Absence of Zinc is shown to have direct impact on crop output: Minister

Absence of Zinc is shown to have direct impact on crop output: Minister

According to UN statistics, the world population will grow by 2 billion people in the next 30 years, from 7.7 billion to 9.7 billion. India's population is expected to surpass China's by 2050, rising from 1.3 billion to 1.6 billion. Agriculture intensification without micronutrients is a key concern to feed the world's expanding population.

The International Zinc Association (IZA), in collaboration with Hindustan Zinc Limited (HZL) and the India Lead Zinc Development Association (ILZDA), recently organised a virtual discussion on Zinc Fertiliser and its Raw Materials for Food and Nutrition Security.

With the major speakers, the minister emphasised the Ministry's and the Government's initiatives under Prime Minister Narendra Modi, including fortified crops and fertiliser subsidies. “Lack of micronutrients like Zinc has been demonstrated to directly effect agricultural yield, threatening food security. We have been focusing on improving backward links such as upgrading soil testing infrastructure, developing micronutrient fertilisers and raising awareness among important stakeholders. This is our goal for the next few years,” said Choudhary.

“The value of Zinc in building our immunity and protecting us cannot be overstated,” Arun Misra told the gathering. The lack of this essential vitamin in our natural foods is a matter that requires urgent and concerted action from all stakeholders. Hindustan Zinc has teamed with IZA to investigate new and innovative products and technology to convert primary zinc into zinc fertiliser raw materials. We have also started a zinc fertiliser trial on a farm near Udaipur, Rajasthan, India. A favourable and accommodating micronutrient policy is vital for guaranteeing the country's food, nutrition, and health security.

They are aligned with Modi's Overarching Scheme for Holistic Nutrition (POSHAN Abhiyaan) and Mission Poshan 2.0, the Government of India's flagship effort to enhance nutritional outcomes for populations most impacted by micronutrient deficiencies through crop fortification.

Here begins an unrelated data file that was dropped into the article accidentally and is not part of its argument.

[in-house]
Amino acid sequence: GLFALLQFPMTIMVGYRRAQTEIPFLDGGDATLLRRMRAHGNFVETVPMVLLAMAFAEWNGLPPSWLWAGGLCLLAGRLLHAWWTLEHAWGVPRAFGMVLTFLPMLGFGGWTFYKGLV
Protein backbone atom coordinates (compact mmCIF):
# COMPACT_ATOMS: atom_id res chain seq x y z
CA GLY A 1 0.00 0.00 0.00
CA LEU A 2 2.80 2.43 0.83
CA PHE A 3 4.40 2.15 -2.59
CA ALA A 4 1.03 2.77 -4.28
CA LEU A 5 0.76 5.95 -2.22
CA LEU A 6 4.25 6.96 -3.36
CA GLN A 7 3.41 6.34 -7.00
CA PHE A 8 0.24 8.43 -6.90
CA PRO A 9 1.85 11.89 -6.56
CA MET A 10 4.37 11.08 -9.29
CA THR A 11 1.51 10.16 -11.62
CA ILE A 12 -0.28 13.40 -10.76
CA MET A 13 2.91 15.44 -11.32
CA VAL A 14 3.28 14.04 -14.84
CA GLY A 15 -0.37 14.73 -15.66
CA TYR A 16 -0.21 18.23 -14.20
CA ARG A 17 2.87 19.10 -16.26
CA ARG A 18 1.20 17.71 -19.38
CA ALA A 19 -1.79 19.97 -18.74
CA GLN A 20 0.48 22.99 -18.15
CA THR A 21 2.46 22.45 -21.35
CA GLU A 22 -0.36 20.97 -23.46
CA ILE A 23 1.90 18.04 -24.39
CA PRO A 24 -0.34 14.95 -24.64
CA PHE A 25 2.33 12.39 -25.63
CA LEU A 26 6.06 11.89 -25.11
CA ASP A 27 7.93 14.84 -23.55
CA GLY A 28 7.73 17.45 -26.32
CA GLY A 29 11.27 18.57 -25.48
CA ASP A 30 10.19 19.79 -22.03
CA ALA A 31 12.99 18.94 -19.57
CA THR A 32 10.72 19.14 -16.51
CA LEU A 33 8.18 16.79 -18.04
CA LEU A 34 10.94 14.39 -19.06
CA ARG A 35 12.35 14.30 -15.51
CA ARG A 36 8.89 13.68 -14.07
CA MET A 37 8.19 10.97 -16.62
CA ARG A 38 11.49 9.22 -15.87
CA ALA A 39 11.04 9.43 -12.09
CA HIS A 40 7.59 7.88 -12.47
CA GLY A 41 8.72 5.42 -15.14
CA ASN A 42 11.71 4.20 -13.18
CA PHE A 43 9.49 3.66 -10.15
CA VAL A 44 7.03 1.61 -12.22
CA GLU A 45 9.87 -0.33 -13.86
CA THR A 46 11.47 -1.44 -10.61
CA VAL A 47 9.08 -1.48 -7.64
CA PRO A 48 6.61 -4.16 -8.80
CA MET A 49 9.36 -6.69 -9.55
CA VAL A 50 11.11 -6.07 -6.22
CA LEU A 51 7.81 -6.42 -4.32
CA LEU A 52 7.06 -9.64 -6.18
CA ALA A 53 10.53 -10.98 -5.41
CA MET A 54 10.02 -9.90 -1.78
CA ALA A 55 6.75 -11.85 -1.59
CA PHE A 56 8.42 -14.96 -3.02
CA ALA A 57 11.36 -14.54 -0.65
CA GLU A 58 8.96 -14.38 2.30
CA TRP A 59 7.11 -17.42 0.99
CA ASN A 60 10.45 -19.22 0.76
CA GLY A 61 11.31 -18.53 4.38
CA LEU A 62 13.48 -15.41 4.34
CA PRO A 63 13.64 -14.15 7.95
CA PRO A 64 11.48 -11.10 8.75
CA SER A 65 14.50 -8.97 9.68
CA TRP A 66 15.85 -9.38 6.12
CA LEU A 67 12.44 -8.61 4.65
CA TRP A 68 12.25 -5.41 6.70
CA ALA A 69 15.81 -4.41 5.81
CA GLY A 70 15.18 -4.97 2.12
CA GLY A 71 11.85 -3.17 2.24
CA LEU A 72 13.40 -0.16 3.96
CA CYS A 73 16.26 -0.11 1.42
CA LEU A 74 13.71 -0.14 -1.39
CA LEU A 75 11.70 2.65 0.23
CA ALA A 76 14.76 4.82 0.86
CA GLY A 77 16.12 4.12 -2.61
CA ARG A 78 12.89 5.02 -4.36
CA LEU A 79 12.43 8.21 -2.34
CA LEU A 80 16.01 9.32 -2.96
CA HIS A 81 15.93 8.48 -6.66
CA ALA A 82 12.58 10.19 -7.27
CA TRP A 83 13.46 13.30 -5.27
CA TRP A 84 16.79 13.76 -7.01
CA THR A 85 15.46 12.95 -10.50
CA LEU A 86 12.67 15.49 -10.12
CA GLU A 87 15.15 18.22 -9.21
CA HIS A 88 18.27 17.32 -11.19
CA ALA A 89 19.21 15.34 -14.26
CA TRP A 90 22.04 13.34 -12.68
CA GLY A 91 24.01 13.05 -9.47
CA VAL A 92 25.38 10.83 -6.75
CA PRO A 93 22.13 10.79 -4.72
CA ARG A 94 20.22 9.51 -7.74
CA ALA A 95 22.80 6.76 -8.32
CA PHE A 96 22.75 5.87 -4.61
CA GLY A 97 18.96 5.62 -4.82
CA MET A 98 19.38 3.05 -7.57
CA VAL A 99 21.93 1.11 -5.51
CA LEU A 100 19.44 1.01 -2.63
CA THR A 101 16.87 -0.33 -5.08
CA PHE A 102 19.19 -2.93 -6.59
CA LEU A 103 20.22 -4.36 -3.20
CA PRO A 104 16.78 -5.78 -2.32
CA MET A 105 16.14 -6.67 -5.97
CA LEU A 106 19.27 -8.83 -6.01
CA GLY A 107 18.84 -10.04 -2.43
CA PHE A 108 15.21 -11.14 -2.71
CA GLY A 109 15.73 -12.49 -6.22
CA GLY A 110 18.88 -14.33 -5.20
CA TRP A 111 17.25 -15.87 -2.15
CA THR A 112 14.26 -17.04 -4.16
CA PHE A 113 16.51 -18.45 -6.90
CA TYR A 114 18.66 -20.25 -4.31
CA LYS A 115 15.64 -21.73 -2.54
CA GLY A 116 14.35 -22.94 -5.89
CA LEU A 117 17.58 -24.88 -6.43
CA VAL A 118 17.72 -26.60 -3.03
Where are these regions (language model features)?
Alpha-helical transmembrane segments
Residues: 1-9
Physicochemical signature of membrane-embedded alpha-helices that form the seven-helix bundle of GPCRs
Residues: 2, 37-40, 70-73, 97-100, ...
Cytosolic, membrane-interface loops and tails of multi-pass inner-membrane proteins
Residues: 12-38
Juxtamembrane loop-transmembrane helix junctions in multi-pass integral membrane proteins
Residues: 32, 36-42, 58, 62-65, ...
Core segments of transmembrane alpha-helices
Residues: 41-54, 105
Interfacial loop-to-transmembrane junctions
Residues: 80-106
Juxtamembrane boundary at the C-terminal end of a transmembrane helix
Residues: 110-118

According to the WHO, around 8,00,000 people die annually from zinc deficiency, 4,50,000 of whom are children under the age of five. According to UNICEF, the number of deaths from diarrhoea and pneumonia in children under five in India is dangerously high, even higher than in Sub-Saharan African countries or bordering countries. There is a severe zinc deficiency in soils in Tamil Nadu, Madhya Pradesh, and Rajasthan (60%) and an average deficit of roughly 40%.

“For the agricultural sector to develop, not only farm output and productivity must improve, but also the quality of output,” stated Dr Andrew Green at the conference. Adding micronutrients like zinc not only increases crop output and water intake but also makes plants healthier and stronger. In addition to providing fortified grains to the poor, PM Narendra Modi's new announcement should help improve Zn biofortification.

Micronutrient fertilisers have a poor utilisation efficiency of less than 5% in crops. The necessity of the hour is to develop fresh and novel micronutrient fertiliser products. “Scarcity of quality raw materials, i.e. zinc ash, has added to the troubles in the zinc fertiliser sector. A serious influence on zinc fertiliser production and consumption”, said Dr Soumitra Das.